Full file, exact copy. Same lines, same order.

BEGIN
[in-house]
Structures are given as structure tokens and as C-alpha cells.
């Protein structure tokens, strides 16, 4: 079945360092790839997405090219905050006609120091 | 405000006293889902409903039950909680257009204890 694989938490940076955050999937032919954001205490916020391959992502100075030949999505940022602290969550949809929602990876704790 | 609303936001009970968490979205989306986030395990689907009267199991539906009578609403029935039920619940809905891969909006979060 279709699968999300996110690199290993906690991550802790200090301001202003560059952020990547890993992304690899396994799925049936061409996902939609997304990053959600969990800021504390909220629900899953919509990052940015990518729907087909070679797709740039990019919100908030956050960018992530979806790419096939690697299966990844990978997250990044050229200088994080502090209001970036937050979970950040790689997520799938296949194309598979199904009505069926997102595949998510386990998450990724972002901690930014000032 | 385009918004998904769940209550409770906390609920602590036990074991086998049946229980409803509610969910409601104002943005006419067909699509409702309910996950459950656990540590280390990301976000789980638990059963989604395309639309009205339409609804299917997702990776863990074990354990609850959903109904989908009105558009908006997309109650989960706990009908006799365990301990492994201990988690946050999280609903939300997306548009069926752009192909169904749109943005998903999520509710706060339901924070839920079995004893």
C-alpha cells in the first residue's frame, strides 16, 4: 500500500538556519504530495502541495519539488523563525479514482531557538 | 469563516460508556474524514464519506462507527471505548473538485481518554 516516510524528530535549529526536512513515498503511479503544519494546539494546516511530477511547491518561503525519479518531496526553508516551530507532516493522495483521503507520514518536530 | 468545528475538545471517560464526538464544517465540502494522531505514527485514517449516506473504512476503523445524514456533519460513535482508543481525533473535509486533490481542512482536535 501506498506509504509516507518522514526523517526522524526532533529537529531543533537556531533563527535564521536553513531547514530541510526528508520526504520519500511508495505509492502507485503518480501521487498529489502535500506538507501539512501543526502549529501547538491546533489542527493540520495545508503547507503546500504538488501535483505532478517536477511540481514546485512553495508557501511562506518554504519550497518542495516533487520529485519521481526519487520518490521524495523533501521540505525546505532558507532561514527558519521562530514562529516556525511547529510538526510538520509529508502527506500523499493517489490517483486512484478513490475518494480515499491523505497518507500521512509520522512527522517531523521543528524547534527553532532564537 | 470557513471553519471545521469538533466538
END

[in-house]
Structures are given as structure tokens and as C-alpha cells.
């Protein structure tokens, strides 16, 4: 079945360092790839997405090219905050006609120091 | 405000006293889902409903039950909680257009204890 694989938490940076955050999937032919954001205490916020391959992502100075030949999505940022602290969550949809929602990876704790 | 609303936001009970968490979205989306986030395990689907009267199991539906009578609403029935039920619940809905891969909006979060 279709699968999300996110690199290993906690991550802790200090301001202003560059952020990547890993992304690899396994799925049936061409996902939609997304990053959600969990800021504390909220629900899953919509990052940015990518729907087909070679797709740039990019919100908030956050960018992530979806790419096939690697299966990844990978997250990044050229200088994080502090209001970036937050979970950040790689997520799938296949194309598979199904009505069926997102595949998510386990998450990724972002901690930014000032 | 385009918004998904769940209550409770906390609920602590036990074991086998049946229980409803509610969910409601104002943005006419067909699509409702309910996950459950656990540590280390990301976000789980638990059963989604395309639309009205339409609804299917997702990776863990074990354990609850959903109904989908009105558009908006997309109650989960706990009908006799365990301990492994201990988690946050999280609903939300997306548009069926752009192909169904749109943005998903999520509710706060339901924070839920079995004893």
C-alpha cells in the first residue's frame, strides 16, 4: 500500500538556519504530495502541495519539488523563525479514482531557538 | 469563516460508556474524514464519506462507527471505548473538485481518554 516516510524528530535549529526536512513515498503511479503544519494546539494546516511530477511547491518561503525519479518531496526553508516551530507532516493522495483521503507520514518536530 | 468545528475538545471517560464526538464544517465540502494522531505514527485514517449516506473504512476503523445524514456533519460513535482508543481525533473535509486533490481542512482536535 501506498506509504509516507518522514526523517526522524526532533529537529531543533537556531533563527535564521536553513531547514530541510526528508520526504520519500511508495505509492502507485503518480501521487498529489502535500506538507501539512501543526502549529501547538491546533489542527493540520495545508503547507503546500504538488501535483505532478517536477511540481514546485512553495508557501511562506518554504519550497518542495516533487520529485519521481526519487520518490521524495523533501521540505525546505532558507532561514527558519521562530514562529516556525511547529510538526510538520509529508502527506500523499493517489490517483486512484478513490475518494480515499491523505497518507500521512509520522512527522517531523521543528524547534527553532532564537 | 470557513471553519471545521469538533466538